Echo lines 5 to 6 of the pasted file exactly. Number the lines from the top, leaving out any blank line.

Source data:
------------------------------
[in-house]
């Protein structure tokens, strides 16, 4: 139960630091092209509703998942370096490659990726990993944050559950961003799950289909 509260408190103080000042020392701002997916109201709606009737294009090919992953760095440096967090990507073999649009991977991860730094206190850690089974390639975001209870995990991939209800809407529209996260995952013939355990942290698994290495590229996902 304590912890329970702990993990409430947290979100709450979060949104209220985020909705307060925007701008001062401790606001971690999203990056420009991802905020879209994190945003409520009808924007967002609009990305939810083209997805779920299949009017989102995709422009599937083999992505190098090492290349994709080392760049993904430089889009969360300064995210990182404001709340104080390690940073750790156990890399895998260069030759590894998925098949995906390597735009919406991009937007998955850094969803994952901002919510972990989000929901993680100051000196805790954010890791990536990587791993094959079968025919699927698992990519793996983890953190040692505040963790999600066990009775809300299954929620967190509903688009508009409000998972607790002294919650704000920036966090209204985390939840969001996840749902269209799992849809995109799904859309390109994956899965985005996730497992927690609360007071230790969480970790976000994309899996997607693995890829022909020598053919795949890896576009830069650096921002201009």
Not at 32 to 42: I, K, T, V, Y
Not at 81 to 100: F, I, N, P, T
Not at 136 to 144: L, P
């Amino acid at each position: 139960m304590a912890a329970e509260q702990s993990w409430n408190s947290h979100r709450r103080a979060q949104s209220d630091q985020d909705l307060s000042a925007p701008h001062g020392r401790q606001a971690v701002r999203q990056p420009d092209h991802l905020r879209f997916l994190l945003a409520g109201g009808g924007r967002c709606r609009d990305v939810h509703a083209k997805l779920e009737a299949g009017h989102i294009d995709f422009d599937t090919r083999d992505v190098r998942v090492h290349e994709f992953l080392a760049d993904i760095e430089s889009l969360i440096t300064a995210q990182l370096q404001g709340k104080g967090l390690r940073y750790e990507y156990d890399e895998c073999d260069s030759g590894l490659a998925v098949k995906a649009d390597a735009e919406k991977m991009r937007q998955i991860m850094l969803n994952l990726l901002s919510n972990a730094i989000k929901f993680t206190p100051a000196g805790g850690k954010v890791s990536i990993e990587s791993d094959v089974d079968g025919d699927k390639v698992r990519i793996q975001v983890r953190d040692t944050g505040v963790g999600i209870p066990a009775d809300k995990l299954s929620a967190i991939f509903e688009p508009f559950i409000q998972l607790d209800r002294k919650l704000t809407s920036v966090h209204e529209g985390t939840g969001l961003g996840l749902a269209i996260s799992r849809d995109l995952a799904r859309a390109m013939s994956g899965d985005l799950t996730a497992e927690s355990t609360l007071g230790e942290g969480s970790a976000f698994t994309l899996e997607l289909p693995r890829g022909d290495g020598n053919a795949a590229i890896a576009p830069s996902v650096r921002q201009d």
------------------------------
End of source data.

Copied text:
Not at 136 to 144: L, P
């Amino acid at each position: 139960m304590a912890a329970e509260q702990s993990w409430n408190s947290h979100r709450r103080a979060q949104s209220d630091q985020d909705l307060s000042a925007p701008h001062g020392r401790q606001a971690v701002r999203q990056p420009d092209h991802l905020r879209f997916l994190l945003a409520g109201g009808g924007r967002c709606r609009d990305v939810h509703a083209k997805l779920e009737a299949g009017h989102i294009d995709f422009d599937t090919r083999d992505v190098r998942v090492h290349e994709f992953l080392a760049d993904i760095e430089s889009l969360i440096t300064a995210q990182l370096q404001g709340k104080g967090l390690r940073y750790e990507y156990d890399e895998c073999d260069s030759g590894l490659a998925v098949k995906a649009d390597a735009e919406k991977m991009r937007q998955i991860m850094l969803n994952l990726l901002s919510n972990a730094i989000k929901f993680t206190p100051a000196g805790g850690k954010v890791s990536i990993e990587s791993d094959v089974d079968g025919d699927k390639v698992r990519i793996q975001v983890r953190d040692t944050g505040v963790g999600i209870p066990a009775d809300k995990l299954s929620a967190i991939f509903e688009p508009f559950i409000q998972l607790d209800r002294k919650l704000t809407s920036v966090h209204e529209g985390t939840g969001l961003g996840l749902a269209i996260s799992r849809d995109l995952a799904r859309a390109m013939s994956g899965d985005l799950t996730a497992e927690s355990t609360l007071g230790e942290g969480s970790a976000f698994t994309l899996e997607l289909p693995r890829g022909d290495g020598n053919a795949a590229i890896a576009p830069s996902v650096r921002q201009d």